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Are Drones America’s Most Urgent Emerging National Security Threat?

Posted on Friday, June 14, 2024
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by Ben Solis
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In a development that is sure to evoke chilling memories of the Cold War, a group of Russian naval ships steamed into Cuban waters this week to visit the port of Havana ahead of military exercises in the Caribbean. Although the Cuban government insists none of the ships carried nuclear weapons, one is reportedly equipped with a nonetheless alarming threat – swarms of attack drones.

As drone technology has rapidly advanced in recent years, the military uses of the small aerial devices have also become more apparent. Drones have been used extensively by both Ukraine and Russia in the ongoing conflict between the two nations to shattering effectiveness.

Russia currently deploys nine types of drones against Ukraine, including some that can reach speeds of nearly 190 miles per hour and carry 130 pounds of explosives. In May, more than half of all Russian aerial weapons deployed against Ukraine were drones.

The scale of destruction from these weapons is devastating. In May, Ukrainian civilian deaths rose 31 percent from the previous month to 174, the highest level since June 2023. As the United Nations Human Rights Monitoring Mission in Ukraine reported, Russia is now increasingly concentrating strikes around civilian population centers. According to an analysis of Ukrainian army reports which I reviewed, 90 percent of aerial attacks on Ukrainian civilian targets in recent weeks were carried out using drones.

China has also recently invested more in military drone technology, most notably so-called “drone swarms.” Along with individual drones beefing up intelligence and surveillance capabilities, drone swarms would allow a single operator to deploy hundreds or even thousands of cheap suicide drones to attack a target – potentially something as large as an aircraft carrier.

Dr. Choi Sangwoo, a highly respected retired military strategist and engineer who advised South Korea’s Defense Ministry in the 1990s, cautioned that Russian and Chinese drone platforms “outmatch our defense systems” and said American critical infrastructure and military defenses “lack adequate protection” against them.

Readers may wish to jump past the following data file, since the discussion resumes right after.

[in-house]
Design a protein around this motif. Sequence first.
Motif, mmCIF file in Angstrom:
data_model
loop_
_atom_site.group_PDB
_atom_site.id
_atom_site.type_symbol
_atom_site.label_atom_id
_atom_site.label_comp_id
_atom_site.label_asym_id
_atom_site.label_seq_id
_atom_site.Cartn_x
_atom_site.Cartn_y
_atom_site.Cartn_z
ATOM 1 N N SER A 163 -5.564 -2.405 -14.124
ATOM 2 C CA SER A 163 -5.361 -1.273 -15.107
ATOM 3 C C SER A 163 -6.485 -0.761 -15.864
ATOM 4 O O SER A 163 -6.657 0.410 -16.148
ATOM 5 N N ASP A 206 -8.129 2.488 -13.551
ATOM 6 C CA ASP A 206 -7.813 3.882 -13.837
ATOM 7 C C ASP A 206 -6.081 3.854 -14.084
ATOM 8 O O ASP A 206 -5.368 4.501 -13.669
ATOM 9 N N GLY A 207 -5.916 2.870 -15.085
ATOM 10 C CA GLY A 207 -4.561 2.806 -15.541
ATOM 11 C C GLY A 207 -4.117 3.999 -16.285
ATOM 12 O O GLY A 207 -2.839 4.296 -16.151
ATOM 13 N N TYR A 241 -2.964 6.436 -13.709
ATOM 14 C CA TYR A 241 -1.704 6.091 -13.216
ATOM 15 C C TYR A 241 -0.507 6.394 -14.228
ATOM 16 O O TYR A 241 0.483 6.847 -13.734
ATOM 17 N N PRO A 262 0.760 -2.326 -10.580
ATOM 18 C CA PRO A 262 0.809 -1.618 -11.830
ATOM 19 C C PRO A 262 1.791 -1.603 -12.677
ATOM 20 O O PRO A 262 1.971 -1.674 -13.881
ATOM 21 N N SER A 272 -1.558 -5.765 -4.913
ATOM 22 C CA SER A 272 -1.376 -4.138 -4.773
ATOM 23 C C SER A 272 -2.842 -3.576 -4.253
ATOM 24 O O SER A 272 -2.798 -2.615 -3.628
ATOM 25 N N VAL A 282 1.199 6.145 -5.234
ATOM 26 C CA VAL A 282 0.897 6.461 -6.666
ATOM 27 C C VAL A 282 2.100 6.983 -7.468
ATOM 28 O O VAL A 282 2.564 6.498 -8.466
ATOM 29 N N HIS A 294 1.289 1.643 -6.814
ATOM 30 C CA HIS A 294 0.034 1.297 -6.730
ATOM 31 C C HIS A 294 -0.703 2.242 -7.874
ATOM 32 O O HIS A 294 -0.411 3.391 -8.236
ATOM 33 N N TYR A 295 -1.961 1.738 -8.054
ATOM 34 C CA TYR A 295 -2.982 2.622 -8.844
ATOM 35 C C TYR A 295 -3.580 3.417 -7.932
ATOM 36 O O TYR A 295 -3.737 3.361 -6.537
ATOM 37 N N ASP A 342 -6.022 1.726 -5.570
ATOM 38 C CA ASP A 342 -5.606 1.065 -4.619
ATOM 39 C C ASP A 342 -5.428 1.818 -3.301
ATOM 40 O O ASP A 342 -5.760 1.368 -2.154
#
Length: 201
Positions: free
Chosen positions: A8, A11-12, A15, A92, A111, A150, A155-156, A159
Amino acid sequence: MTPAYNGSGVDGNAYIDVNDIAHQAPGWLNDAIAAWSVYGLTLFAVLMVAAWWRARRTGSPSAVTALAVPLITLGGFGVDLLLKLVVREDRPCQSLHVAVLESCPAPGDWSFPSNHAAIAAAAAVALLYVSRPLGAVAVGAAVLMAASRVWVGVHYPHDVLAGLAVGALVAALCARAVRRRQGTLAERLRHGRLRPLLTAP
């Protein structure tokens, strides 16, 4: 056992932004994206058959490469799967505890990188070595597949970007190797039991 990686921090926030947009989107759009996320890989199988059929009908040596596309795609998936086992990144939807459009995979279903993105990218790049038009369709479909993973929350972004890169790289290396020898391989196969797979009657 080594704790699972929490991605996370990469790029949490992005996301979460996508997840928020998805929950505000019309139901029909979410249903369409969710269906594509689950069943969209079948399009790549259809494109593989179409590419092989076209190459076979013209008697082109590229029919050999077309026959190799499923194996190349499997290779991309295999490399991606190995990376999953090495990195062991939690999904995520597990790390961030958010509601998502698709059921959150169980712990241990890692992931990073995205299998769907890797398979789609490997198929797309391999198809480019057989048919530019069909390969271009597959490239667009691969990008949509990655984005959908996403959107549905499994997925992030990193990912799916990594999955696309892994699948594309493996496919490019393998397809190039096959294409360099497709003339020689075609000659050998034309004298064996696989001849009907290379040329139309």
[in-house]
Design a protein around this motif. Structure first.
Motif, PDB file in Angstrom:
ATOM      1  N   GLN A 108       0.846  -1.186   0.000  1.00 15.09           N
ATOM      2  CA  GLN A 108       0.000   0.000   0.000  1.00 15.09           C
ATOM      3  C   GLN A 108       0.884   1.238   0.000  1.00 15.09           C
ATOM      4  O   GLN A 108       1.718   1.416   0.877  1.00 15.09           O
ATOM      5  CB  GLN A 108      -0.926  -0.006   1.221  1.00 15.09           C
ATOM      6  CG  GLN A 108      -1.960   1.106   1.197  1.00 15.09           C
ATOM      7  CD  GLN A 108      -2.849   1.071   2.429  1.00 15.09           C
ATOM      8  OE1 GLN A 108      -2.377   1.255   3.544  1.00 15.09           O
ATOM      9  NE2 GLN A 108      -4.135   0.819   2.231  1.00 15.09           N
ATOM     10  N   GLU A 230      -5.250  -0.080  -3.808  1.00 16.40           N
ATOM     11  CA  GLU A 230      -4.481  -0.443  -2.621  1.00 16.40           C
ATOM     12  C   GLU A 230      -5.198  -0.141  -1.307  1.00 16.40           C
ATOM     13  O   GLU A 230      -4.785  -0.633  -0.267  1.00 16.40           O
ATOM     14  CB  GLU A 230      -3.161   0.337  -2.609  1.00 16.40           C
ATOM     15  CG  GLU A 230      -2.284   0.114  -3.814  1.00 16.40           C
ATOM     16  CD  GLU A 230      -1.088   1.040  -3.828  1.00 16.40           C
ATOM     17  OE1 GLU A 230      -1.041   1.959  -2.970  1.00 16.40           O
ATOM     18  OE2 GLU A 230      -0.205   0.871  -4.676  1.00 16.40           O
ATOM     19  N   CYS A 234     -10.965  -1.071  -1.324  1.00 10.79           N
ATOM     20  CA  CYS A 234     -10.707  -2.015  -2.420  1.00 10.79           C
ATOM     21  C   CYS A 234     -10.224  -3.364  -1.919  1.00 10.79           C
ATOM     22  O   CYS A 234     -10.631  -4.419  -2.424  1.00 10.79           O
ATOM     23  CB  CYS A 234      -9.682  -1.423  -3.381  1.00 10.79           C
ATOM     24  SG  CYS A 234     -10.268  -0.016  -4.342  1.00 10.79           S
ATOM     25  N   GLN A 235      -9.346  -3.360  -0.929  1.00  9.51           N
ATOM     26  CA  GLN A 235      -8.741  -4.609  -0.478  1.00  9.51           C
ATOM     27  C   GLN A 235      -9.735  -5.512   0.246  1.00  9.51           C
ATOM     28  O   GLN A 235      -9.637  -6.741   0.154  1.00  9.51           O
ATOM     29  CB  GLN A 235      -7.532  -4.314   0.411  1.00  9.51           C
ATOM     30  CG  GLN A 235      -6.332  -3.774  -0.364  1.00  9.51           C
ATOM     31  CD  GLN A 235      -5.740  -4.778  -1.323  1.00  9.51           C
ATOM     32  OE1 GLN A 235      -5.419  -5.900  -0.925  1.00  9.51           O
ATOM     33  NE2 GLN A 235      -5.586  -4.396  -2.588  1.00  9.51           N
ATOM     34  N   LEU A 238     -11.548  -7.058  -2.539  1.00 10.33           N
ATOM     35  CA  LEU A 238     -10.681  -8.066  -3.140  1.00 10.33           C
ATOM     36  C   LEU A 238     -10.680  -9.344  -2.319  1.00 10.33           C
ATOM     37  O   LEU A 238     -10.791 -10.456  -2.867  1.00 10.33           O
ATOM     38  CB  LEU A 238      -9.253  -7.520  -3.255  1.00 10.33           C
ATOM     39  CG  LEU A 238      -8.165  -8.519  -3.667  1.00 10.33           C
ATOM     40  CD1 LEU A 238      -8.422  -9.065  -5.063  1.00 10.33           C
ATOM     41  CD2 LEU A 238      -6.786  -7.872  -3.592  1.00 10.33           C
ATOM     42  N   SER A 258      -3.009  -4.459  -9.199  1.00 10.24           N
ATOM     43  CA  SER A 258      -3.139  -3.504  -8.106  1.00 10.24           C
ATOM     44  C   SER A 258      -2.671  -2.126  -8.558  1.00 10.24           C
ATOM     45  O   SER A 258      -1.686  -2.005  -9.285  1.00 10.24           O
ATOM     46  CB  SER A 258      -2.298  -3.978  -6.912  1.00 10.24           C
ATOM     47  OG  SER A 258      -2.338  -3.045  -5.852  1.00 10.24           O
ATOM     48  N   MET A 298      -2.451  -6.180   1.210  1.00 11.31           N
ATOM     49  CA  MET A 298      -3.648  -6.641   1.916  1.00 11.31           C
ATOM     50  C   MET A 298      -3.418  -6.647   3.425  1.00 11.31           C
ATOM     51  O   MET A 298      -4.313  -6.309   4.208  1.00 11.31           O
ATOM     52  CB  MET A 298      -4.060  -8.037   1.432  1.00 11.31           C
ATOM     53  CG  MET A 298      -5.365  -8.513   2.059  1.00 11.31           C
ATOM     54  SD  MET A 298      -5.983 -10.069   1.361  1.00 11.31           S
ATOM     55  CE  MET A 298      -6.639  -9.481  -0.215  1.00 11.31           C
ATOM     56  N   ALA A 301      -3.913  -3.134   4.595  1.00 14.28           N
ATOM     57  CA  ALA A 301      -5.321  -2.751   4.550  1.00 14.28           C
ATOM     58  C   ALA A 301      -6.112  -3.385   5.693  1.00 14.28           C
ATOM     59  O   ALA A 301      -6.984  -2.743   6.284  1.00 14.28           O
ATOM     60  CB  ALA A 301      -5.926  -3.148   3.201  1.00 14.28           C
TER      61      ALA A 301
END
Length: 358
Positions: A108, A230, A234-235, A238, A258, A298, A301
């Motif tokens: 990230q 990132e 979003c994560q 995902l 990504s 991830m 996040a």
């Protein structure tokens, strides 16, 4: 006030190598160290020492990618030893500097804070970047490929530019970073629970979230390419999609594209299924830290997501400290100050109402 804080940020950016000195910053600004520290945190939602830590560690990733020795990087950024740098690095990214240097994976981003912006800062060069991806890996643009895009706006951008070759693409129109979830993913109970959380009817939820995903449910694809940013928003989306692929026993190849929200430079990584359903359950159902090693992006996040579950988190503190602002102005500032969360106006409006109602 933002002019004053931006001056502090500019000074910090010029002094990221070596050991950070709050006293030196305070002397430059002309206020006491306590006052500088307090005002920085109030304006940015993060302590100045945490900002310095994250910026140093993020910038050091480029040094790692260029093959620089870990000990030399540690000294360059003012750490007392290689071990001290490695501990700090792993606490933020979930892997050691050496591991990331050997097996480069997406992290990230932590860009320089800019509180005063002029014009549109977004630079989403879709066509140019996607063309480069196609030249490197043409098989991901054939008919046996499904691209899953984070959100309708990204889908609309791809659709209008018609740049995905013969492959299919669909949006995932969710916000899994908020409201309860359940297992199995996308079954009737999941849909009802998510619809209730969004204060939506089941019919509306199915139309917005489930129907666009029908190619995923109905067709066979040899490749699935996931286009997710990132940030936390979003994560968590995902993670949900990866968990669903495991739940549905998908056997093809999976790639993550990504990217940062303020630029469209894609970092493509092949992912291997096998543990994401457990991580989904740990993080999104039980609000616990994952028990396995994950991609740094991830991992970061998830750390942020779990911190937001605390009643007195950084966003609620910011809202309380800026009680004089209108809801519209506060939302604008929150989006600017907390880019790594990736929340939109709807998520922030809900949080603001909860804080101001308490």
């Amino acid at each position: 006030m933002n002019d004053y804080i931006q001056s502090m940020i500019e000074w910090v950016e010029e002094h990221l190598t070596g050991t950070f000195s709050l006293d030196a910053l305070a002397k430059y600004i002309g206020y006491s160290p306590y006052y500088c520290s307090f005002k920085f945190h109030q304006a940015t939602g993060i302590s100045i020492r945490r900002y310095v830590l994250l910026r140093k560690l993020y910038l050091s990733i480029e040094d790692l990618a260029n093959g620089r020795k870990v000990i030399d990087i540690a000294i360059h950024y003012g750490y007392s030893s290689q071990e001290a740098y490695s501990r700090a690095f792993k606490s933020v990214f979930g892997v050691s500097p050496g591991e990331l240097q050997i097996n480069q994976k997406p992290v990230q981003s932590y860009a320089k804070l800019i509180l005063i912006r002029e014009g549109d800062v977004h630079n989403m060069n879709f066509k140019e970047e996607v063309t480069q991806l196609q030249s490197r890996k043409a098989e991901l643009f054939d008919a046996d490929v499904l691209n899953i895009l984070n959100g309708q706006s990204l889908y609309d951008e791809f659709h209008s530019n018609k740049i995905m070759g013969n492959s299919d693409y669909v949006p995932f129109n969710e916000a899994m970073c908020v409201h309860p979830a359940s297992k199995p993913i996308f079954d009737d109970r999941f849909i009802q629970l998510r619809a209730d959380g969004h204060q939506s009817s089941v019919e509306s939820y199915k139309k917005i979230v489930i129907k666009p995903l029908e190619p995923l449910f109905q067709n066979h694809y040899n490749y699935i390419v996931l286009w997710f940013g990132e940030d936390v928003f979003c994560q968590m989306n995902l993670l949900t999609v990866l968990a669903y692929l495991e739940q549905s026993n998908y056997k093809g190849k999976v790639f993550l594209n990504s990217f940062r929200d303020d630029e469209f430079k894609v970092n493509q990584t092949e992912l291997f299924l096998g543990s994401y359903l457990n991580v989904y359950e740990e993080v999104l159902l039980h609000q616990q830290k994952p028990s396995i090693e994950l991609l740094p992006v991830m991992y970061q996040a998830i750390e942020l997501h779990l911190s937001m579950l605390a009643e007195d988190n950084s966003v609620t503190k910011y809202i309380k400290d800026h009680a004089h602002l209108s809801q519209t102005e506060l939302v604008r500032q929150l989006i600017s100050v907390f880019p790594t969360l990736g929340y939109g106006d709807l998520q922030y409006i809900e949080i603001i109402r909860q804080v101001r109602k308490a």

The most effective defense against drones are patriot interceptor missiles – each of which costs $4 million. With Russia and China potentially capable of deploying hundreds of drones at once, it would be virtually impossible for the United States or any nation to shoot down every one. Other countermeasures include SAVAGE anti-drone missiles and expensive laser systems that also have some shortcomings.

Moreover, most drones in the United States today are made by Chinese companies, including the ones used by first responders. According to Congresswoman Elise Stefanik, 90 percent of drones operated by U.S. first responders are currently manufactured in China. Dr. Sangwoo told me that these Chinese drones are not immune to remote hijacking. “The implications are clear,” he said. “Our trust in these devices should be limited.”

This poses another major national security threat. Although Congress has taken some action, like passing the Drones for First Responders (DFR) Act, more measures are needed to ensure drones used by Americans are made in America by American companies.

Another area where drones are becoming a serious issue is the U.S.-Mexico border. Although the prospect of Mexican cartels and human traffickers using drones to thwart law enforcement and spread chaos and destruction may seem like a far-fetched action movie, that scenario is now a distinct possibility.

As far back as 2021, according to a report from USA Today, cartels in northern Mexico began using weaponized drones to target police. According to one cartel member who spoke with the outlet, the drones were coming from the United States under the nose of the Biden administration.